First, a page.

The Home is Described as a Sanctuary in the Tanakh
- In Bereshit / Genesis 18:1-8, we see how Abraham welcomed three heavenly visitors to his home and offered them hospitality. He prepared a meal for them and served them under the shade of a tree. He did not know that one of them was the Lord Himself, who came to bless him and announce the birth of his son Isaac. Abraham’s home was a sanctuary of grace and generosity, where he entertained angels unaware (Hebrews 13:2).
- In Shemot / Exodus 12:1-13, we see how the Israelites prepared their homes for the Passover night, when the Lord would strike down the firstborn of Egypt but spare His people. They had to apply the blood of a lamb on the doorposts and lintels of their houses, and eat the roasted lamb with unleavened bread and bitter herbs. They had to stay inside their homes until morning, trusting in God’s protection and deliverance. Their homes were sanctuaries of faith and obedience, where they experienced God’s salvation.
- In 2 Samuel 6:1-15, we see how David brought the ark of the covenant to Jerusalem with great joy and celebration. However, when Uzzah touched the ark to steady it and died, David was afraid and decided to leave the ark at the house of Obed-edom the Gittite. The ark stayed there for three months, and the Lord blessed Obed-edom and his household. Obed-edom’s home was a sanctuary of reverence and honor, where he enjoyed God’s presence and favor.
The home is Described as a Sanctuary in the NT
- The home is a place where God’s presence dwells. In the Tanakh, the Lord God chose to dwell among His people in the tabernacle and the temple, which were sacred places of worship. In the NT text, God dwells in the hearts of believers through the Holy Spirit, who is the seal of our salvation and the guarantee of our inheritance (Ephesians 1:13-14). Therefore, our bodies are temples of the Holy Spirit, and we are called to honor God with our lives (1 Corinthians 6:19-20). The conclusion of these things is that as a result of who we are as God’s people, our homes should also reflect God’s holiness and glory, and be places where we can worship Him in spirit and truth (John 4:24).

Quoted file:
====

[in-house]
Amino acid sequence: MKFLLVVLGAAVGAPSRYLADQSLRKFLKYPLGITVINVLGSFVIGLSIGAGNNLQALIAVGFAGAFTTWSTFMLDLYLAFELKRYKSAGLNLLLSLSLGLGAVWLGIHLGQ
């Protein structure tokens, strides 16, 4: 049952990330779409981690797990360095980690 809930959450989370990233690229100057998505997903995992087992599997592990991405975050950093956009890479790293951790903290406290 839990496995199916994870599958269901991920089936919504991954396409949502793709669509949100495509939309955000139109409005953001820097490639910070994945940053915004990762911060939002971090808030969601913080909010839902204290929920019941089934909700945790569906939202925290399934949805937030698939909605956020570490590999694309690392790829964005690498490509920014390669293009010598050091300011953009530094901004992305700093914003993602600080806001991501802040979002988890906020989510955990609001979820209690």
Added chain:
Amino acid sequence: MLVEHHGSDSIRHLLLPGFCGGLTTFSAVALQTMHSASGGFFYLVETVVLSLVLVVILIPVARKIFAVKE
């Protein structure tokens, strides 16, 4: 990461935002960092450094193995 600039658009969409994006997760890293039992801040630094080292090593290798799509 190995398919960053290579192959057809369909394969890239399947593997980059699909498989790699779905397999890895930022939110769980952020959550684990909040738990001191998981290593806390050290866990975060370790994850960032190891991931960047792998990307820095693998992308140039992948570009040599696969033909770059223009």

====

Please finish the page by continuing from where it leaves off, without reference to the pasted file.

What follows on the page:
- The home is a place where God’s peace reigns. Yeshua said, “Peace I leave with you; my peace I give to you. Not as the world gives do I give to you. Let not your hearts be troubled, neither let them be afraid” (John 14:27). As followers of the Messiah, we are called to be peacemakers, who seek to live in harmony with God and others (Matthew 5:9, Romans 12:18). We can make our homes sanctuaries of peace by letting the peace of the Messiah rule in our hearts, by being thankful for God’s blessings, by praying for His will, and by forgiving one another as He has forgiven us (Colossians 3:15-17).
- The home is a place where God’s love abides. The apostle John wrote, “Beloved, let us love one another, for love is from God, and whoever loves has been born of God and knows God. Anyone who does not love does not know God, because God is love” (1 John 4:7-8). God demonstrated His love for us by sending His Son to die for our sins and to give us eternal life (John 3:16). As recipients of His grace, we are commanded to love one another as He has loved us (John 13:34-35). We can make our homes sanctuaries of love by showing kindness, compassion, patience, gentleness, and faithfulness to our family members and guests (Galatians 5:22-23).
Here are a number of examples how the Scriptures describe or imply how the home is a sanctuary and to be considered holy unto the Lord. So when Hezekiah said that he had shown them all that was in his house, this implies something about Hezekiah and how he understood what God had given him could be bragged or boasted about. He did not keep the proper sanctification of his home and things that God had given him and so Isaiah prophesied that because of this these things would be taken away! Rashi writes the following concerning these things.